While the setting of "The Story of an Hour" is static, it certainly can be analyzed from the perspectives of time, place and society. All of these factors impact the plot and move it forward. These perspectives also bring deeper meaning to many details in the story.
First, a social setting is defined as the historical and communal context within which the story takes place. This encompasses the phenomenologies taking place at a certain time period in history, social trends, parameters of behavior, and the accepted notions and constructs that decide the do's and don'ts of the time.
This being said, the social setting of "The Story of an Hour" is the 19th century, which is a time period in history where women were seen as nurturers, and not as independent thinkers. As a result, women would have been expected to serve society mainly as wives and mothers. Marriages, however, were seldom (if ever) love matches. Instead, they were networking opportunities to increase family fortunes, or link family names.
This was all a consequence of the Industrial Revolution, which (no redundance intended) revolutionized life in general. More technology, more jobs, more money, and more advancements helped to redefine gender roles and the role of "family", morality, and civility. Unfortunately for women, they became redefined as "angels of the household", which was a widely accepted term and construct of the time.
We learn that Louise Mallard "had loved" her husband Brentley Mallard, but she has evidently reached a point in her existence where passions other than wifely love are beginning to tug at her spirit. She wants to be independent, enjoy life her way, and become "free". This need for freedom leads to the second setting, which focuses on "place".
The "place" setting of the story is the Mallard residence. No character leaves the inside of the home, but both Richards and Brentley are the only characters that do come in. Whether this could be a metaphor representing men entering and dominating the personal space of women is unclear, but it is a possibility.
Within this setting, there is an inner sanctum: Louise's room. In there, the armchair that faces the window provides Louise with a comforting visual of what life looks like outside the home where she appears to live like a recluse.
Whether it is because her heart is weak, or because her husband expects her to be there, the point remains that Louise needs that window to see the "patches of blue sky" and the green pastures to which she desperately wants to go. She wants out--of her marriage, of her situation, and of her house.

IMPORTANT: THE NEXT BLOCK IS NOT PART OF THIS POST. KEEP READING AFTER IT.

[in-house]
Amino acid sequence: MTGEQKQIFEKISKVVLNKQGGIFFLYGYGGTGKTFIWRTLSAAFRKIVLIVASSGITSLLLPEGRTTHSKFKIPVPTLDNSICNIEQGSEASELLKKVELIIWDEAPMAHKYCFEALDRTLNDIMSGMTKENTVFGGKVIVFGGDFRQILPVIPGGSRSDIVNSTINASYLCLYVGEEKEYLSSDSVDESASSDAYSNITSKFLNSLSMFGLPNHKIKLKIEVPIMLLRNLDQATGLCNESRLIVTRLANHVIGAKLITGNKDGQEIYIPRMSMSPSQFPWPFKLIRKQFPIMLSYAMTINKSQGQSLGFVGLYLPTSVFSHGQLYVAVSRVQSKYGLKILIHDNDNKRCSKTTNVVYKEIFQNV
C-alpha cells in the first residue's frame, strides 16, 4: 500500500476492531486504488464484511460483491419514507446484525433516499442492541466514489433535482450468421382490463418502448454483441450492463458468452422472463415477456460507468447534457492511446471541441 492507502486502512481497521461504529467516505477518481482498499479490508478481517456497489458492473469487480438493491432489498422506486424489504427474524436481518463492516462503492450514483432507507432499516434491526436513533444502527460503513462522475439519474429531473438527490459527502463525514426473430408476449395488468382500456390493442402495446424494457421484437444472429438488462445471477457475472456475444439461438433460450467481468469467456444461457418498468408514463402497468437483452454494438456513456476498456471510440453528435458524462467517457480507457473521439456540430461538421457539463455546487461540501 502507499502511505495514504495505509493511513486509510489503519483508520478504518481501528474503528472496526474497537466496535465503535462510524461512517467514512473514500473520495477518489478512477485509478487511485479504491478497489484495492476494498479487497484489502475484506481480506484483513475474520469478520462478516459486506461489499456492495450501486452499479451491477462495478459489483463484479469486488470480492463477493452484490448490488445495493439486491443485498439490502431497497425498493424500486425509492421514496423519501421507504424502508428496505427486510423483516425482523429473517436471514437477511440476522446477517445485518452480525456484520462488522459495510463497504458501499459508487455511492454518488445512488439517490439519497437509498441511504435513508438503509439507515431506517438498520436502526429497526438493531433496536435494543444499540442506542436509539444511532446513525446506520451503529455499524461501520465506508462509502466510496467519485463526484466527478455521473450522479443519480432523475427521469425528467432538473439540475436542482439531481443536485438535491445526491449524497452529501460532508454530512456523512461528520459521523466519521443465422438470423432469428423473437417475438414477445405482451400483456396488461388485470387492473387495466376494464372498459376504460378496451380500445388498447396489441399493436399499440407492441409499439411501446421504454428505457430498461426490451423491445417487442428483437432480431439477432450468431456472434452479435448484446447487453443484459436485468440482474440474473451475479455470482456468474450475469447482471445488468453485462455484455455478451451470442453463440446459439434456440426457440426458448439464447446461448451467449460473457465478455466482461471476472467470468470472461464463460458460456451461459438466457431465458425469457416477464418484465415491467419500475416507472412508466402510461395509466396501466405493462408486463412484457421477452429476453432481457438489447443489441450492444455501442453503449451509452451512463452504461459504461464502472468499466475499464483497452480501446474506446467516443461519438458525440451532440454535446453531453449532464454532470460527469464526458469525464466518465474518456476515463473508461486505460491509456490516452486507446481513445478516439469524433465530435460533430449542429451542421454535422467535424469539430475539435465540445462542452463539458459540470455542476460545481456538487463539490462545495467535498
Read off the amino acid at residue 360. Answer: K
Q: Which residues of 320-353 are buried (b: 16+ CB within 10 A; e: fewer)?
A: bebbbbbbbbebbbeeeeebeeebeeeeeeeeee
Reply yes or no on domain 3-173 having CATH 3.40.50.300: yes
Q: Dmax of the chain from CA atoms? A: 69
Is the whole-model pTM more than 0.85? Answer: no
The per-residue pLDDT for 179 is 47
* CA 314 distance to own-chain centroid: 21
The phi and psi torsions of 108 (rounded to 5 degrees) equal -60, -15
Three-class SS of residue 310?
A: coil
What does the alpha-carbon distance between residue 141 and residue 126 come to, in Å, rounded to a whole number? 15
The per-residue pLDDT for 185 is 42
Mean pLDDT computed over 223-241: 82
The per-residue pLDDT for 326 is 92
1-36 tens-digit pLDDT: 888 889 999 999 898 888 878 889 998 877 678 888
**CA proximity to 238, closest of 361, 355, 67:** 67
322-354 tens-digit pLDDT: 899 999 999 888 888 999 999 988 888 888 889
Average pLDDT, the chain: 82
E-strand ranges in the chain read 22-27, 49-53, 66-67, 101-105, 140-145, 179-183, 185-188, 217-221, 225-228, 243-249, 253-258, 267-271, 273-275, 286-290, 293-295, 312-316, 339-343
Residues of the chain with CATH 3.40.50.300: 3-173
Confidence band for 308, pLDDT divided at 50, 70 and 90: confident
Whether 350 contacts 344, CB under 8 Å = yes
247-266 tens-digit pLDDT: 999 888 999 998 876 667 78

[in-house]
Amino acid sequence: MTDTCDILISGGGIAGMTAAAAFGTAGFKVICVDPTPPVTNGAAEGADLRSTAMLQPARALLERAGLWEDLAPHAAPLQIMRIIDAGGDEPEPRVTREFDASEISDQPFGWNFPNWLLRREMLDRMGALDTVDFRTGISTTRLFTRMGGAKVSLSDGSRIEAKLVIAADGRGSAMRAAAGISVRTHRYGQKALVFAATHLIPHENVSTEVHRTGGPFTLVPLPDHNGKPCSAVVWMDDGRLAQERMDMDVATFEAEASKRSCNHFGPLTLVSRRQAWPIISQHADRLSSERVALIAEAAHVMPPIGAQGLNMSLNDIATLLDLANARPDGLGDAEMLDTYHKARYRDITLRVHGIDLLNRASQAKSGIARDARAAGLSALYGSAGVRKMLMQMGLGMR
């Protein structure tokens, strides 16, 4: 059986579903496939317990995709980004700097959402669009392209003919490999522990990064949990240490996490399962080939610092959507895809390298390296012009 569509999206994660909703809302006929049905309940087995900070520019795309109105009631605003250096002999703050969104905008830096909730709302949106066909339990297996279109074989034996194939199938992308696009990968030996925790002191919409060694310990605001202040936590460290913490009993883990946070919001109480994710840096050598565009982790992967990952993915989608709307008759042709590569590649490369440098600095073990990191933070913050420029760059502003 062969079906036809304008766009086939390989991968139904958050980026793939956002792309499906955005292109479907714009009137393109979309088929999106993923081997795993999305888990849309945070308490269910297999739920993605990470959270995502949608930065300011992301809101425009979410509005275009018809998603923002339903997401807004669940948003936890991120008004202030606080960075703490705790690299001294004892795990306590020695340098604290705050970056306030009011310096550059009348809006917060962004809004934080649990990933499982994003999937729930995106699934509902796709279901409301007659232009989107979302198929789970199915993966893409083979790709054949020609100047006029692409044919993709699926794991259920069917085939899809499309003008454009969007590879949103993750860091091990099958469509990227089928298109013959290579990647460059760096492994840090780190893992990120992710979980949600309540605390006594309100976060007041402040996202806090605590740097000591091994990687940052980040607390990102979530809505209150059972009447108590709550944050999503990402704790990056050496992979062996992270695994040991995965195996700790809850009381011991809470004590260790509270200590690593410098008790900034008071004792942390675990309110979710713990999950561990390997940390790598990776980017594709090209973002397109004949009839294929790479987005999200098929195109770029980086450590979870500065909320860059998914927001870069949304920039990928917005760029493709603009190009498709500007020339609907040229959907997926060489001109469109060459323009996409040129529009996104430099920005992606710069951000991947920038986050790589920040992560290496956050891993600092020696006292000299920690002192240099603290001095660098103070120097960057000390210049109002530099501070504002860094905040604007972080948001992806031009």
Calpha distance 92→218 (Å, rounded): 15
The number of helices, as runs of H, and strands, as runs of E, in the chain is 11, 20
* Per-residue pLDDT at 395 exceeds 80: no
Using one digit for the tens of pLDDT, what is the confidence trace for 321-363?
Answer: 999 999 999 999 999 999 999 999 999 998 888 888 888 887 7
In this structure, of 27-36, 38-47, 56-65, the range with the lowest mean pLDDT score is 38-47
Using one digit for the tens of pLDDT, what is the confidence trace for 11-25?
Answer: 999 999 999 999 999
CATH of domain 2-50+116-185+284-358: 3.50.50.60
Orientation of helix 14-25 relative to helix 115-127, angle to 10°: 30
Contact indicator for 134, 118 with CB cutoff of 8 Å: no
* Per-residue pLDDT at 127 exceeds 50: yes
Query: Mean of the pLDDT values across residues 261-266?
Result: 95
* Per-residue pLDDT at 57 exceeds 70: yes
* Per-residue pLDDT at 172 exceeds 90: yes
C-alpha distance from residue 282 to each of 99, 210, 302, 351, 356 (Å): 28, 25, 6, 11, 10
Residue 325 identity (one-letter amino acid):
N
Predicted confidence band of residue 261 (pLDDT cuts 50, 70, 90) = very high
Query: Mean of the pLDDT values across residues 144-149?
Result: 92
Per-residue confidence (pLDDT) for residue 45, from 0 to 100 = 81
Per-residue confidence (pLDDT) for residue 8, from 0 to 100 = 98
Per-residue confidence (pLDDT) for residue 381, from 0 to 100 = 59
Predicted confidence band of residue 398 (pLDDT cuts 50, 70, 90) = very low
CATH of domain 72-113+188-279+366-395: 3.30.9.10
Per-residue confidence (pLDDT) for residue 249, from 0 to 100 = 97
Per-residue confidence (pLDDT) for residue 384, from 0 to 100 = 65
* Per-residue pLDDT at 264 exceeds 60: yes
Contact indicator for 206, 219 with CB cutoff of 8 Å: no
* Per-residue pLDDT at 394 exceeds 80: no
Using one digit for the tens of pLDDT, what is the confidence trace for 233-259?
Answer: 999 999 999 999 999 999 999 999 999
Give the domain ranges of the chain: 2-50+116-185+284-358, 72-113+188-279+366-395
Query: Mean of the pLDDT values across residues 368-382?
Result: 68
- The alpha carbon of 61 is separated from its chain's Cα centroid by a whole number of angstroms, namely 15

The time setting is perhaps the easiest to identify as the story takes place, literally, within one hour. During this time period, the main character undergoes a dynamic change. She goes from being psychologically subdued
Knowing that Mrs. Mallard was afflicted with a heart trouble, great care was taken to break to her as gently as possible the news of her husband's death.
to becoming a wild dreamer with a passion that we would have never known about otherwise.
There was a feverish triumph in her eyes, and she carried herself unwittingly like a goddess of Victory.
It is then when she transforms into a person who is prepared to embrace the freedom of being her own person. She wants this more than anything and, as her husband shows up alive and well, she cannot even imagine going back to the shell from which she blossomed in such a short period of time. This is why she dies of what is ironically dubbed as "joy that kills".
The setting is an American city, the time is the late 19th century. The social setting is defined by a male dominated society where women have little to say about their lives. They go from their father's house to their husband's house. Mrs. Mallard lives with her husband, who makes all the decisions in the home, and for his wife. As a married woman, Louise Mallard must fall in line behind her husband.
The time period is significant to the story because Louise Mallard dreams of a life of freedom of choice to pursue her individual interests. This life escapes her, except in the brief period when she imagines it with all its joys before she discovers that her husband was not killed, and before she dies.
The story was published in 1894, in the midst of the battle for women's rights. Society was struggling to define the proper roles for women, it would be almost 25 years before women would get the right to vote.